Increase in COVID-19 cases raises social tensions in Cuba
By Fernando Ravsberg, translated by Richard Fidler
July 21, 2021 — Links International Journal of Socialist Renewal translated from La Jornada — After the protests on Sunday, calm seems to have returned to Cuba, although it is difficult to know for how long that may be, given the complex situation that the country is experiencing. The economy suffers from the US blockade, reinforced by the measures of Trump and Biden , and by the slowness of the Cuban government in promoting reforms. The pandemic, controlled during 2020, erupted in the last month with terrible virulence, especially in the province of Matanzas. Health spending is bleeding state coffers that were already battered before the pandemic. The huge queues to buy food and the power outages due to the breakdown of several plants were the last straw in the face of anti-Castro calls to go into the streets to protest.
The pressure that Cubans have experienced is truly exhausting. They have been locked up in their homes for 15 months, without schools for the children, with great difficulties to buy food, and recently there were long blackouts. As if this were not enough, the authorities decided to eliminate one of the currencies, while raising wages and prices. The measure caused tremendous inflation, as most products are sold in hard currency and the Central Bank refuses to receive dollars in cash because it is hard to use them for subsequent purchases owing to Washington’s persecution of Cuba’s international transactions. So, in addition, citizens must look for Canadian dollars, British pounds or Euros, and the latter has shot up to three times its official value on the black market.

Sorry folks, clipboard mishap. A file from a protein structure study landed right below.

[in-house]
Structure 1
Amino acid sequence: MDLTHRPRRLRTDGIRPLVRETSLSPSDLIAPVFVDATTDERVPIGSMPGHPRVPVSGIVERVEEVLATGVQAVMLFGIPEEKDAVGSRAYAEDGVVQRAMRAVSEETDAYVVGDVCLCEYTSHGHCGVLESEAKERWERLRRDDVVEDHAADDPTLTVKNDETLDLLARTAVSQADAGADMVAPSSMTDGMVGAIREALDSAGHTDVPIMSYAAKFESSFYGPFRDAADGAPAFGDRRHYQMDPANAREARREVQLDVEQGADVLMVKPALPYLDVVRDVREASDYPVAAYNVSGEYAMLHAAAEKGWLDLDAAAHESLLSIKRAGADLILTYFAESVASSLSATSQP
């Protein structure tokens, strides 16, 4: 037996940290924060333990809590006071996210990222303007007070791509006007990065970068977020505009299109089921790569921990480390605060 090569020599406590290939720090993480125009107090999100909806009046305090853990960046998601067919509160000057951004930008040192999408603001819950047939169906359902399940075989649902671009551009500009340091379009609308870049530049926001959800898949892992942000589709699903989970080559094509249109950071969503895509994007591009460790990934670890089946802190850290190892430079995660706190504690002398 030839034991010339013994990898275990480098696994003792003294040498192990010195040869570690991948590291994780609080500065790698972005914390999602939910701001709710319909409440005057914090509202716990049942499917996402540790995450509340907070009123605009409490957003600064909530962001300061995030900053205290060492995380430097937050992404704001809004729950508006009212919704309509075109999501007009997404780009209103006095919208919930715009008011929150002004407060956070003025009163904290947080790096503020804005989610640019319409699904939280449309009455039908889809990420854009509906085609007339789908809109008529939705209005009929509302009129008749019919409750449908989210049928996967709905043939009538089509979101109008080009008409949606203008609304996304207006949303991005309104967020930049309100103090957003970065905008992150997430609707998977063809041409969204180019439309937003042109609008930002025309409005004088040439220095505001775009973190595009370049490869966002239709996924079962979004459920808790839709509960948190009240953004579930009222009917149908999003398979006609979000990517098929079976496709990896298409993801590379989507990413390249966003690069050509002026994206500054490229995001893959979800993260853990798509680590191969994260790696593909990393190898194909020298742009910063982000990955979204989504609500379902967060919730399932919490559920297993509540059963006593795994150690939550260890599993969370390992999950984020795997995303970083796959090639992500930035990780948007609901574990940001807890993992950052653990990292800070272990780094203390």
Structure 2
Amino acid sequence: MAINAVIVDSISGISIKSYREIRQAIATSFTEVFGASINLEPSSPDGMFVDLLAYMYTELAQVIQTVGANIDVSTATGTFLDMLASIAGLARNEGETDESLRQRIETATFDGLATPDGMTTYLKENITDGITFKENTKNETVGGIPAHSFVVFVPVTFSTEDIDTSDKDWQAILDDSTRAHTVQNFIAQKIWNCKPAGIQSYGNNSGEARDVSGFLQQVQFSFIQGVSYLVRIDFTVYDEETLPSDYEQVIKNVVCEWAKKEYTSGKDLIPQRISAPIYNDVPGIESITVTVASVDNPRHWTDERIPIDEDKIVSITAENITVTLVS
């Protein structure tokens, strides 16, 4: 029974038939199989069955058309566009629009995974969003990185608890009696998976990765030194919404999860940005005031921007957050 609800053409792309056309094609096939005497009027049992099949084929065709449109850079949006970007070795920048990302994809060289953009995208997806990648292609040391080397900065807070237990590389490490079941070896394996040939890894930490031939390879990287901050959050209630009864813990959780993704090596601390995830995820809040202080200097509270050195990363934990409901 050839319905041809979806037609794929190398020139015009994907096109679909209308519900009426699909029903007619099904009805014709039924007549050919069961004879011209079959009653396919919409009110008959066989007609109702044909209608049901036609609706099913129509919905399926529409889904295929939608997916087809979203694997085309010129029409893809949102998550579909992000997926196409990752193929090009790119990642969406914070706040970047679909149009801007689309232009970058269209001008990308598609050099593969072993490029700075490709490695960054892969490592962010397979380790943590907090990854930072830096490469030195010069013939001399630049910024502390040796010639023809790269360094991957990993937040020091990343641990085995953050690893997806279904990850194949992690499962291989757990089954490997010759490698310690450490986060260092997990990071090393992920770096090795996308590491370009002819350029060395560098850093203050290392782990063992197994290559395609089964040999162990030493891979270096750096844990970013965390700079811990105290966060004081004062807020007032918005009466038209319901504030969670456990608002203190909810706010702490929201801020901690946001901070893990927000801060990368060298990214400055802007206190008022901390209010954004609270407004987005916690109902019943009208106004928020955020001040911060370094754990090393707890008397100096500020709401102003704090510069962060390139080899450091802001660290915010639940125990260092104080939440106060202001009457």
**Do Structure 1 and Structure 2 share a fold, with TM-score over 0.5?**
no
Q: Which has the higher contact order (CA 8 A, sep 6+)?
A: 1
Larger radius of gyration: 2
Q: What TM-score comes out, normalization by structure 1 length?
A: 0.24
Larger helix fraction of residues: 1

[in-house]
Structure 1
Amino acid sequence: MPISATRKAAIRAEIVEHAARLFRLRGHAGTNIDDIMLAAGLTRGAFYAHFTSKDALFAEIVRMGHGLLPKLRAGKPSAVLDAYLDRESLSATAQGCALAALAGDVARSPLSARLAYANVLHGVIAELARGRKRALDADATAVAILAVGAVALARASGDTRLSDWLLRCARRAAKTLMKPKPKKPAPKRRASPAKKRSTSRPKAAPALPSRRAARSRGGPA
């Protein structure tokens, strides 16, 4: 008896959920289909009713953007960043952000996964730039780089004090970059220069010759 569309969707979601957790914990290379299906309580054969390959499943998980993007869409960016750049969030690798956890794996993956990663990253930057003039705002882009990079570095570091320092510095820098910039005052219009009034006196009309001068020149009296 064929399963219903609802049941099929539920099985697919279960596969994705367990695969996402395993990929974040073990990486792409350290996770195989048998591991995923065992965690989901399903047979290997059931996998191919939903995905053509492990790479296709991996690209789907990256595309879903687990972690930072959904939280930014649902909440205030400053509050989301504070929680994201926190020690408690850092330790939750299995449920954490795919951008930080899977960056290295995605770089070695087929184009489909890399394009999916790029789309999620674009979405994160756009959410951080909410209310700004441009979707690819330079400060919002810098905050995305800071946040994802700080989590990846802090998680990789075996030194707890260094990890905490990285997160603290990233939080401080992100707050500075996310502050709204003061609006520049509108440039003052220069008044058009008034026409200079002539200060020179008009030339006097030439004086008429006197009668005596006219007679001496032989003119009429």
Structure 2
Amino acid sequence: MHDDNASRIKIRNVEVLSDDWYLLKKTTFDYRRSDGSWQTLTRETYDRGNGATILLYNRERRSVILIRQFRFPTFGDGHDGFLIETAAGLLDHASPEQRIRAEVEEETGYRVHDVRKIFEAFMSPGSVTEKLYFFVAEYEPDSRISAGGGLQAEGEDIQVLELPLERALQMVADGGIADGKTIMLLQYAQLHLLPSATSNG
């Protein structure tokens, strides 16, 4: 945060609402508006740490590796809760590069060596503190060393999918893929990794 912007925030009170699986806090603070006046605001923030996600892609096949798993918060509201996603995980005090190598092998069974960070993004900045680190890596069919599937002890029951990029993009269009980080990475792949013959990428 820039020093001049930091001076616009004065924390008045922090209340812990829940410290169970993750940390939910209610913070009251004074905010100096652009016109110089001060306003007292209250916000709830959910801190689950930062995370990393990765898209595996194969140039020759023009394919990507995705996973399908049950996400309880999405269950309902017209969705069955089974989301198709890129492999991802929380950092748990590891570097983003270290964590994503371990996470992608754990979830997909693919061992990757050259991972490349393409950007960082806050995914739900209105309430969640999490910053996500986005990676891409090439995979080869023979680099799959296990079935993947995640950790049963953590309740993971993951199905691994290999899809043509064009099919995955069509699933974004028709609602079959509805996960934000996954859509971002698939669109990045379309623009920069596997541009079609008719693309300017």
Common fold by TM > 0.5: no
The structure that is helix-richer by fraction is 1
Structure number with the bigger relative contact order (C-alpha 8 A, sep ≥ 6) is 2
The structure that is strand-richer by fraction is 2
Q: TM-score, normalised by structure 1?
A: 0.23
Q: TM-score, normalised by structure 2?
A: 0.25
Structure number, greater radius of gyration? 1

The financial problem of ordinary Cubans is aggravated by the fact that the pandemic prevents the entry of tourists and the measures imposed by Trump prohibited the sending of family remittances to the island. To make matters worse, Biden maintains all the policies of his predecessor and also puts Cuba on the lists of countries that promote terrorism and participate in human trafficking. The first list places any bank that operates with Havana under scrutiny and the second is aimed at punishing countries that hire Cuban medical brigades. This is aimed at closing the only important route of foreign exchange that the country has left.
This national financial crisis is suffered by the majority of Cubans, who spend their days queuing up to buy because the retail authorities have been unable to create virtual stores. These could make life easier for people and protect them from the COVID-19 contagions they face when they spend hours surrounded by strangers, huddled in the shade of the few trees that surround the stores. Citizens also have to fight against a legion of “coleros,” people who live by hoarding what appears in stores in order to resell it later at a much higher price. Paradoxically, the “coleros” have organized a virtual business that works like a charm, using Facebook or WhatsApp.
This was the scenario when the US began a campaign to carry out a “humanitarian intervention,” a mechanism previously used to enter Yugoslavia and Libya militarily. However, Havana was silent while a campaign was unleashed on social networks, claiming that the government was being arrogant in its refusal to open a “humanitarian corridor” to receive aid from abroad. The proposal was so attractively presented that many people inside and outside of Cuba began to ask the government to help. When Havana finally reacted and publicized the ways in which international aid could be sent, it was too late to change its image and this Sunday thousands of citizens took to the streets to protest.